It irritates me when people claim to be (un)lucky, as if they have a supernatural gift (or curse) which allows them somehow to circumvent the laws of probability. For despite the ubiquity of this misguided superstition, luck is simply that: applied probability, often with skill and diligence (or the lack of it) lurking not far behind.
Of course there must be the occasional person who enjoys an “incredible” streak betting on the nags, just as a coin will sometimes produce an “amazing” run of nine or more heads in a row. But they are not gifted, at least in any mystical sense – though they may well be deft at analysing form, for instance – merely perched further towards the end of the bell curve.
Indeed, when humans are asked to write down a sequence that represents a realistic series of coin flips, they invariably underestimate the frequency and extent of these runs. For instance they might write HTHHTHTTHHTHTHT whereas something lumpier, such as HHHHTHHHTTTHTTTTT would be more representative of reality.
Similarly, someone killed by a falling durian might be considered dreadfully unlucky (once the inevitable guilty chuckles had stopped) but is simply the victim of a remote probability that they chose to increase significantly by standing under a tree that kills several unfortunates a year. (The Latin name for durian means “smells like a civet cat” by the way. ) Meanwhile someone must win the lottery – no luck in that, it’s eventually a 100% certainty – while every other entrant is taxed on their failure to grasp how pathetically minuscule are the odds of a pre-chosen person winning.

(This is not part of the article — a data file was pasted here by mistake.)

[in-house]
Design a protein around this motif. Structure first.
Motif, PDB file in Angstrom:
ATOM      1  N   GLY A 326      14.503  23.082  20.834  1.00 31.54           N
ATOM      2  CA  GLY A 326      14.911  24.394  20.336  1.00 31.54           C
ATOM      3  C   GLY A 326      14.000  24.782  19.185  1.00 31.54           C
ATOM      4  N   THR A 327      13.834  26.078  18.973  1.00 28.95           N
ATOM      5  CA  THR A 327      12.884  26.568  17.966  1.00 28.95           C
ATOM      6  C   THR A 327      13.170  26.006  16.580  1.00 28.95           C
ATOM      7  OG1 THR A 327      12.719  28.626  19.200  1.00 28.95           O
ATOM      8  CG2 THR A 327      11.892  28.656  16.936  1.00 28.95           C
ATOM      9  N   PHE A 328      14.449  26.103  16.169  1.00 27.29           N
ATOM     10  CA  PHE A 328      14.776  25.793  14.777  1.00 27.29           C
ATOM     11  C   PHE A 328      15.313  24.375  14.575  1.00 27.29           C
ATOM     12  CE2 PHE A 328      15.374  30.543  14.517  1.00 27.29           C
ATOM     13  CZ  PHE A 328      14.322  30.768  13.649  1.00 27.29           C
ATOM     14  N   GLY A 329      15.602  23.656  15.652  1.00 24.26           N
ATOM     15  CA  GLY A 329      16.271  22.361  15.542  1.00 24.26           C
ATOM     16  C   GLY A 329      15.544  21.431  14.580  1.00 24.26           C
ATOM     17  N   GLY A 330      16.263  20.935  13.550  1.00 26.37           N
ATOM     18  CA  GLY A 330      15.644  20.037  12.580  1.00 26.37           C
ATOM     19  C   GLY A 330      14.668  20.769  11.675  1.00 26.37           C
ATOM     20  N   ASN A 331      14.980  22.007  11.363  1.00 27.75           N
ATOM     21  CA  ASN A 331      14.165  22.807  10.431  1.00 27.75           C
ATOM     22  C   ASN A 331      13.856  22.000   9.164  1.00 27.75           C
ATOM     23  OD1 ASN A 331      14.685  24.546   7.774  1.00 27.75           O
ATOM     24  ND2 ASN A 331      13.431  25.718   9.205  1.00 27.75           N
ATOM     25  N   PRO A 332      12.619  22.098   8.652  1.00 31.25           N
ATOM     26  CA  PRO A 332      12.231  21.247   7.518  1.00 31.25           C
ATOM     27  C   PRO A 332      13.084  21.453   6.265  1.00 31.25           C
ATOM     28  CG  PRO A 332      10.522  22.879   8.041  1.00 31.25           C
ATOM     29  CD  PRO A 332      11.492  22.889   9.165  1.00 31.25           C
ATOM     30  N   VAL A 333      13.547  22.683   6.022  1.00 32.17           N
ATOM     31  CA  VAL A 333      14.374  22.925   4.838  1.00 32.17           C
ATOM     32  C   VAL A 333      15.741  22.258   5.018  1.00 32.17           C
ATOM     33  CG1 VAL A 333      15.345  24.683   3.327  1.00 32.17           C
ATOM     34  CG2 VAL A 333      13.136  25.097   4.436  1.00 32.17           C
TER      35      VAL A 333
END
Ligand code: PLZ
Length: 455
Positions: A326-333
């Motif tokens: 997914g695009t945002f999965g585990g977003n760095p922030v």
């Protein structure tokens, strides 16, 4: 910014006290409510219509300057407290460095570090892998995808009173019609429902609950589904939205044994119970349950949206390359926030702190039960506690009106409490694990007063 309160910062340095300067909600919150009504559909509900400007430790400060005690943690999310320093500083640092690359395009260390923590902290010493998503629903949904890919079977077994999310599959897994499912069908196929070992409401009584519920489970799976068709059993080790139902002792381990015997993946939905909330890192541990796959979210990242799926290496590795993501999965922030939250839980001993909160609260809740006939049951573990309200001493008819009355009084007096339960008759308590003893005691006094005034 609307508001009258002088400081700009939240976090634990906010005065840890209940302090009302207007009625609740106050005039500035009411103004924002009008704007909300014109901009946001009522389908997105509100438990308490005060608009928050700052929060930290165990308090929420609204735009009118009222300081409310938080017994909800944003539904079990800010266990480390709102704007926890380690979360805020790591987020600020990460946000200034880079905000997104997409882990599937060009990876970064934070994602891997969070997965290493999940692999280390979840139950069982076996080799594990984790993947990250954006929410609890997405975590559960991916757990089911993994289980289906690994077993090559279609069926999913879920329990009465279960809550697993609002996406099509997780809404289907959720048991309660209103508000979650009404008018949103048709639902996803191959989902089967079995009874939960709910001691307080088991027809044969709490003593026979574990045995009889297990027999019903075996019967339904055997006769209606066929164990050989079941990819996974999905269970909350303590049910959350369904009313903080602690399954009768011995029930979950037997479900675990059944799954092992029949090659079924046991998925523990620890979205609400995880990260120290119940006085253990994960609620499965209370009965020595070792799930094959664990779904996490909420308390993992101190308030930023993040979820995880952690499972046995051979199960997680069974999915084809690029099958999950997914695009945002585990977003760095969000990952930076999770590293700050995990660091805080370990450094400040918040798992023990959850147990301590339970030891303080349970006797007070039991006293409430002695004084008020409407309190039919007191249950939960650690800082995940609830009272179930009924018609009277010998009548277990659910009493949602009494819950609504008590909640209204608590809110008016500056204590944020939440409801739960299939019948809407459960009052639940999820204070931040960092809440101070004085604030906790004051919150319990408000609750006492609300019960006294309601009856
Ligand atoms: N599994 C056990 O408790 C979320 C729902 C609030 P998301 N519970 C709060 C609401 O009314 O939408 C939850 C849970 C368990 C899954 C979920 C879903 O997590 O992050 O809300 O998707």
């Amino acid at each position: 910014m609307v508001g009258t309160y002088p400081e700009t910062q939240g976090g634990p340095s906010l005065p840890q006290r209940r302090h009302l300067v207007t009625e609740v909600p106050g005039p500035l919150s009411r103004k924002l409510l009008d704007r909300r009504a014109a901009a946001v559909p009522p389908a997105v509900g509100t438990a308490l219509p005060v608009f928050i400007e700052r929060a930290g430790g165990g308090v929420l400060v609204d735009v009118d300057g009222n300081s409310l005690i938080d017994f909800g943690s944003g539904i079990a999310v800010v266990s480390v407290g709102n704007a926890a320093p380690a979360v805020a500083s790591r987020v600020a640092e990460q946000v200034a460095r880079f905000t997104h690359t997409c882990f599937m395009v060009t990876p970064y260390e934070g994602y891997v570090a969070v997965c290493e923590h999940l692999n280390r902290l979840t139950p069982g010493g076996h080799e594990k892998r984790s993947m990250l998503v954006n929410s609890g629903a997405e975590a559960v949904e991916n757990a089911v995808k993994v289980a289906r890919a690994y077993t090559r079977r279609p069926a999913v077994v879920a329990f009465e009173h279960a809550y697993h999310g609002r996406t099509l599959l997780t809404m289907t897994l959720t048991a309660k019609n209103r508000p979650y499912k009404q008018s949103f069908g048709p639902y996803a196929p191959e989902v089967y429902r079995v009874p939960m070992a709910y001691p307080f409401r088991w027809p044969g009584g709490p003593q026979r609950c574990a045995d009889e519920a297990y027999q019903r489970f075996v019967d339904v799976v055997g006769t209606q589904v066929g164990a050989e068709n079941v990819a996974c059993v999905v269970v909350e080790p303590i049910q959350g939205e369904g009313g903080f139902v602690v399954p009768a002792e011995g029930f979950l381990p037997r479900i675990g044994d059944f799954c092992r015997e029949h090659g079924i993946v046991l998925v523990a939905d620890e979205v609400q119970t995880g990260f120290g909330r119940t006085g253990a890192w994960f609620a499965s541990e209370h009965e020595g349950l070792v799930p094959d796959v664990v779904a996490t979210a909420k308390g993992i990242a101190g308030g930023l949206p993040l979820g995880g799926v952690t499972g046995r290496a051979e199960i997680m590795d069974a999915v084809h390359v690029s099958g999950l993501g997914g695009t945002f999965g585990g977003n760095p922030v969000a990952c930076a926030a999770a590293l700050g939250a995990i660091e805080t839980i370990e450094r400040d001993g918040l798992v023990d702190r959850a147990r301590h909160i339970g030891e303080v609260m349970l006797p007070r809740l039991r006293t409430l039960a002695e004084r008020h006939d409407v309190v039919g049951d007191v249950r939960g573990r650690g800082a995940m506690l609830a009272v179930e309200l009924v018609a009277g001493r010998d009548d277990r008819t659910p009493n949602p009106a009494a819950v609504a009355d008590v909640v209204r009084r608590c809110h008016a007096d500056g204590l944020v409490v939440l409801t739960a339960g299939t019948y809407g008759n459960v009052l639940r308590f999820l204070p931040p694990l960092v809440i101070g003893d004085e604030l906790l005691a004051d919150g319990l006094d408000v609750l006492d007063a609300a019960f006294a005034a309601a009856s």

People who consider themselves lucky generally have a more positive outlook on life. Good events are highlighted in their memory while bad events fade. A positive outlook will be reflected in their response to certain circumstances and availability to spot and act upon opportunities; the opposite is true for the “unlucky”. This has a cumulative effect which is bad news for the “unlucky” person because they are likely to become increasingly aware of every bad event and increasingly dismissive of good ones, falling into a vicious spiral of irrational “the fates must really have it in for me” paranoia. This type of person often fails to take responsibility for his own actions, preferring instead the easy cop out of fatalism, or worse, puts their faith in astrology. This doesn’t usually help.
Please note I’m not claiming we aren’t prey to chance. Of course we are, every single day. There are myriad inflection points which no amount of personal governance can alter. For instance, we have no control over the circumstances of our birth and the subsequent privilege (or lack thereof) granted to us by them. As a passenger, we can do nothing about the aeroplane whose engines simultaneously fail, except perhaps choose a seat in which one is statistically more likely to survive. But at no point does chance take the form of a guardian angel.
“Luck is what happens when preparation meets opportunity” – Seneca
I note that no fewer than 380 lucky horseshoes were sold on eBay in the last 15 days. Sadly I doubt it was cheaply to meet the needs of 95 barefooted nags.